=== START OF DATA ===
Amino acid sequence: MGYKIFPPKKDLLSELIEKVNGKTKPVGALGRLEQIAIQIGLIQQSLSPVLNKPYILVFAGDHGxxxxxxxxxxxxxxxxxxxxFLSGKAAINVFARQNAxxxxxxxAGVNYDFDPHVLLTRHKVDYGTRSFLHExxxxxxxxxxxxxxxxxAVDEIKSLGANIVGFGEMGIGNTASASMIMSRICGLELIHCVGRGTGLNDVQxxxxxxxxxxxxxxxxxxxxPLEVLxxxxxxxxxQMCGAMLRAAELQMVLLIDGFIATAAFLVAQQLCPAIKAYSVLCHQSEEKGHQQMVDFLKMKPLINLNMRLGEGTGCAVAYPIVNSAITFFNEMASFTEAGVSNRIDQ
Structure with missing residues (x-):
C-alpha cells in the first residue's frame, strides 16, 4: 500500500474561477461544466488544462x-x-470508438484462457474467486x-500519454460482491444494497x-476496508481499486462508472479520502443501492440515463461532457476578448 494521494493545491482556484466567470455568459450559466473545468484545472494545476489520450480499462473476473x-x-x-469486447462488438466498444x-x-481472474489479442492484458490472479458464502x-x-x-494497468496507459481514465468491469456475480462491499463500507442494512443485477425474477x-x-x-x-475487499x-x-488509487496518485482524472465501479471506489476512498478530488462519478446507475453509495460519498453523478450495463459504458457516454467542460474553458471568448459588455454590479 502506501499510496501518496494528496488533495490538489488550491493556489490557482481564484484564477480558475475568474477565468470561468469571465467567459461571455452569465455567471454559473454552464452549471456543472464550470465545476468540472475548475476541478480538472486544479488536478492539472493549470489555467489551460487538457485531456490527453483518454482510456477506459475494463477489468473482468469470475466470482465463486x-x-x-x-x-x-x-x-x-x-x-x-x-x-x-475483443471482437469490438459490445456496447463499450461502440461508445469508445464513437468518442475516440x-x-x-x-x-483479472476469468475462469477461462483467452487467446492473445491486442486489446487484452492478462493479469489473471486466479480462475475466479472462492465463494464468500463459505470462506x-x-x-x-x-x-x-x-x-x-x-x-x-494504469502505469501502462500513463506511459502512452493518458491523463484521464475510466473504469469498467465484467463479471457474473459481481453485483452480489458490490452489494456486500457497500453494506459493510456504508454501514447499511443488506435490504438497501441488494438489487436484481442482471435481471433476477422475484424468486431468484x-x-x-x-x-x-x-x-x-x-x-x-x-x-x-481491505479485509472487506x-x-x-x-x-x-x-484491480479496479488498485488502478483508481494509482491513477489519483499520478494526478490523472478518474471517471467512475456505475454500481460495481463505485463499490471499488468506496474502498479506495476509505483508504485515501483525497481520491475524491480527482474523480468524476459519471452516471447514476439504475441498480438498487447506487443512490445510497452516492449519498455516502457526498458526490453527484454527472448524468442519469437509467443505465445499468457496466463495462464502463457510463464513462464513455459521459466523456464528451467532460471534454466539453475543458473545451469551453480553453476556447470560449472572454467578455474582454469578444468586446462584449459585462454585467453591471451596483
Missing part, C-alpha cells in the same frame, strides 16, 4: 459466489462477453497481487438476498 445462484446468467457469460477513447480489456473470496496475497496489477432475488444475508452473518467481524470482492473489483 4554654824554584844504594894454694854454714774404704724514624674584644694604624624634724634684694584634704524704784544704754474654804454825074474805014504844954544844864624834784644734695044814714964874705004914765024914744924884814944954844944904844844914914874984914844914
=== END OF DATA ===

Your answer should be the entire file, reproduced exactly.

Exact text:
Amino acid sequence: MGYKIFPPKKDLLSELIEKVNGKTKPVGALGRLEQIAIQIGLIQQSLSPVLNKPYILVFAGDHGxxxxxxxxxxxxxxxxxxxxFLSGKAAINVFARQNAxxxxxxxAGVNYDFDPHVLLTRHKVDYGTRSFLHExxxxxxxxxxxxxxxxxAVDEIKSLGANIVGFGEMGIGNTASASMIMSRICGLELIHCVGRGTGLNDVQxxxxxxxxxxxxxxxxxxxxPLEVLxxxxxxxxxQMCGAMLRAAELQMVLLIDGFIATAAFLVAQQLCPAIKAYSVLCHQSEEKGHQQMVDFLKMKPLINLNMRLGEGTGCAVAYPIVNSAITFFNEMASFTEAGVSNRIDQ
Structure with missing residues (x-):
C-alpha cells in the first residue's frame, strides 16, 4: 500500500474561477461544466488544462x-x-470508438484462457474467486x-500519454460482491444494497x-476496508481499486462508472479520502443501492440515463461532457476578448 494521494493545491482556484466567470455568459450559466473545468484545472494545476489520450480499462473476473x-x-x-469486447462488438466498444x-x-481472474489479442492484458490472479458464502x-x-x-494497468496507459481514465468491469456475480462491499463500507442494512443485477425474477x-x-x-x-475487499x-x-488509487496518485482524472465501479471506489476512498478530488462519478446507475453509495460519498453523478450495463459504458457516454467542460474553458471568448459588455454590479 502506501499510496501518496494528496488533495490538489488550491493556489490557482481564484484564477480558475475568474477565468470561468469571465467567459461571455452569465455567471454559473454552464452549471456543472464550470465545476468540472475548475476541478480538472486544479488536478492539472493549470489555467489551460487538457485531456490527453483518454482510456477506459475494463477489468473482468469470475466470482465463486x-x-x-x-x-x-x-x-x-x-x-x-x-x-x-475483443471482437469490438459490445456496447463499450461502440461508445469508445464513437468518442475516440x-x-x-x-x-483479472476469468475462469477461462483467452487467446492473445491486442486489446487484452492478462493479469489473471486466479480462475475466479472462492465463494464468500463459505470462506x-x-x-x-x-x-x-x-x-x-x-x-x-494504469502505469501502462500513463506511459502512452493518458491523463484521464475510466473504469469498467465484467463479471457474473459481481453485483452480489458490490452489494456486500457497500453494506459493510456504508454501514447499511443488506435490504438497501441488494438489487436484481442482471435481471433476477422475484424468486431468484x-x-x-x-x-x-x-x-x-x-x-x-x-x-x-481491505479485509472487506x-x-x-x-x-x-x-484491480479496479488498485488502478483508481494509482491513477489519483499520478494526478490523472478518474471517471467512475456505475454500481460495481463505485463499490471499488468506496474502498479506495476509505483508504485515501483525497481520491475524491480527482474523480468524476459519471452516471447514476439504475441498480438498487447506487443512490445510497452516492449519498455516502457526498458526490453527484454527472448524468442519469437509467443505465445499468457496466463495462464502463457510463464513462464513455459521459466523456464528451467532460471534454466539453475543458473545451469551453480553453476556447470560449472572454467578455474582454469578444468586446462584449459585462454585467453591471451596483
Missing part, C-alpha cells in the same frame, strides 16, 4: 459466489462477453497481487438476498 445462484446468467457469460477513447480489456473470496496475497496489477432475488444475508452473518467481524470482492473489483 4554654824554584844504594894454694854454714774404704724514624674584644694604624624634724634684694584634704524704784544704754474654804454825074474805014504844954544844864624834784644734695044814714964874705004914765024914744924884814944954844944904844844914914874984914844914